Quitting CTW after many years of service in June 1998, the MCV launch team knew they had to get Issue One out by ECTS, being held in September at Olympia.
This meant eleven weeks between heart-breaking resignation and first deadline. Eleven weeks to start being accepted by somebody, anybody, at a time when most were more than happy with the trade weekly they already had.
Since launch in September 1984, Computer Trade Weekly had been a cornerstone of the business.
It was the first trade mag for the games industry and, under the editorship of a certain Greg Ingham (who would go on to join Future and drive its incredible success for 18 years) CTW had already become essential reading when I joined as a fresh-faced reporter in April 1986.
By 1988, Ingham had quit (taking Colin Campbell, still one of the best journalists in the business, with him). Deputy editor Simon Harvey had already left a year before to set up the UK’s longest-surviving games PR agency, Barrington Harvey.
CTW was run by a tiny company, with less than a dozen staff. Apart from a shortlived consumer weekly called Bang! it only ever boasted one title.
Over the years CTW tapped into the energy and passion of a young team including Dave Roberts, Alex Jarvis, Russell Beadle, Ronnie Dungan, Lisa Foster and Samantha Loveday.
Together they grew its UK and international profile – whilst beating off rival launches from giants like VNU.
But the arrival of MCV: The Market for Home Computing & Video Games in September 1998 changed the face of trade media in the UK.
Why? A higher circulation, backed by an ABC certificate, certainly helped. As did improved design, strong personnel (most of whom moved across from an increasingly frail CTW) and driving ambition.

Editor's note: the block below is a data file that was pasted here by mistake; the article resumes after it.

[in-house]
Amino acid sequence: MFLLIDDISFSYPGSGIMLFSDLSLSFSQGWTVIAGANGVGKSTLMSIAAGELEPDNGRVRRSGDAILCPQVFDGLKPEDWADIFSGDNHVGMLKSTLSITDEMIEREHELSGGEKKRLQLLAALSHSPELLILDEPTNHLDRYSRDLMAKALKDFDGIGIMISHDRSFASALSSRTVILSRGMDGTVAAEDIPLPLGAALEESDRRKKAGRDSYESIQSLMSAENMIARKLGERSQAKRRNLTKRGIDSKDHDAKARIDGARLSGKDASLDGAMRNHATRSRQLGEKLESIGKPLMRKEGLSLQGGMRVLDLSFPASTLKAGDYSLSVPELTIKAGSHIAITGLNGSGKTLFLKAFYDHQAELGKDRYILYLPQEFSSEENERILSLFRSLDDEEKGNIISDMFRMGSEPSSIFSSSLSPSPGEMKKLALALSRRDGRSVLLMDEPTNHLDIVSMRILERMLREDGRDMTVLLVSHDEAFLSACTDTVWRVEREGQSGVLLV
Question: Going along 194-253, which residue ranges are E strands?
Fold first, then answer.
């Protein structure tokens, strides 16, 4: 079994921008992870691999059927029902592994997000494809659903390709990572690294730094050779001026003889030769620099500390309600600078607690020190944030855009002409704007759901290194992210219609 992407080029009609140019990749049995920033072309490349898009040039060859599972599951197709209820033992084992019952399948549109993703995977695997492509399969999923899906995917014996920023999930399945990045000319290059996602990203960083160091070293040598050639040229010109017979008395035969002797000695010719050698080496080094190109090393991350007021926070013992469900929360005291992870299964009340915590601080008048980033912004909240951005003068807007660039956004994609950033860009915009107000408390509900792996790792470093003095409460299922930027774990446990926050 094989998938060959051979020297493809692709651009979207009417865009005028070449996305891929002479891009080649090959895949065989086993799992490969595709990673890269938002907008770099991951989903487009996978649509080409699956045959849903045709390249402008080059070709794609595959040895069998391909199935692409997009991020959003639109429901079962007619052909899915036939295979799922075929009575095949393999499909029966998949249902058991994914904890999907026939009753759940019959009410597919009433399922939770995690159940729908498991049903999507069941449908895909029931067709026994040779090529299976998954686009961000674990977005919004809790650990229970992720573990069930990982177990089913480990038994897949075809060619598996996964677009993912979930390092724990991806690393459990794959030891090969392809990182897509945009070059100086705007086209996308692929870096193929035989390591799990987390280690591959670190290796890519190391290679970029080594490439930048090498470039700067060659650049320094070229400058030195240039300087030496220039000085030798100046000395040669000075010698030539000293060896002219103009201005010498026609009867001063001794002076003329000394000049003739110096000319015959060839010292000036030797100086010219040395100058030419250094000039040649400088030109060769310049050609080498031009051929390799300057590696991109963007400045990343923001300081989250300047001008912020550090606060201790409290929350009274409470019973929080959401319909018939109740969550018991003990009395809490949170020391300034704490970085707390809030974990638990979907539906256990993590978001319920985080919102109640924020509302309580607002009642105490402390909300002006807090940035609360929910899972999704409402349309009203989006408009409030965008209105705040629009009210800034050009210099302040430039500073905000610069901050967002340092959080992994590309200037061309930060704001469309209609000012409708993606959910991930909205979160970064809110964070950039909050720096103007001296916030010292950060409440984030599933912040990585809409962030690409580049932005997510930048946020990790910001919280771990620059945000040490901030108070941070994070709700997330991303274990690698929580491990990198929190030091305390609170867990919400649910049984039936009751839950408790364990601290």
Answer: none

Within weeks of MCV launching, CTW was sold by its panic-stricken boss to the public group, Highbury House. It lost its soul and desperately lacked good management or any kind of leadership. Indeed, it was eventually acquired and incorporated by Intent Media further down the line.
But early on, survival, let alone success, was far from guaranteed for MCV. And our following story of the road to launch offers a fascinating snapshot of what the industry was up to during that hot summer of ‘98…
Thursday June 18th
The CTW team is still recovering from its best ever E3, our Atlanta issue carrying a rare interview with EA boss Larry Probst. But another edition reaches deadline and then we do it; editor Dinsey and deputy editor Foster quit. No going back now.
Friday June 19th
Deputy sales manager, Alex Jarvis, also quits. She is to head up MCV ad sales. Dave Roberts is offered to name his price (yes, really) to stay, but says he will join MCV from the beginning of August. I’m supposed to be watching a test match at Lord’s today, but dip out and spend the rest of the day convincing Alex she did the right thing. Neither of us are very sure.
Sunday June 21st
My son Alfie’s christening. Friends and family are there, of course. Me quitting CTW after 12 years is big news. Dad calls me an idiot.
Monday June 22nd
Am officially now on garden leave. Meet CTW staff writer Samantha Loveday in a pub and explain that I’m not allowed to offer anyone a job. Yet. England lose 2-1 to Romania, with Chelsea’s Graeme Le Saux making the mistake that costs us the game. Everything is my fault. Happy days.
Tuesday June 23rd
Three days in Poole, supposedly on holiday, but feels more like purgatory.
Friday June 26th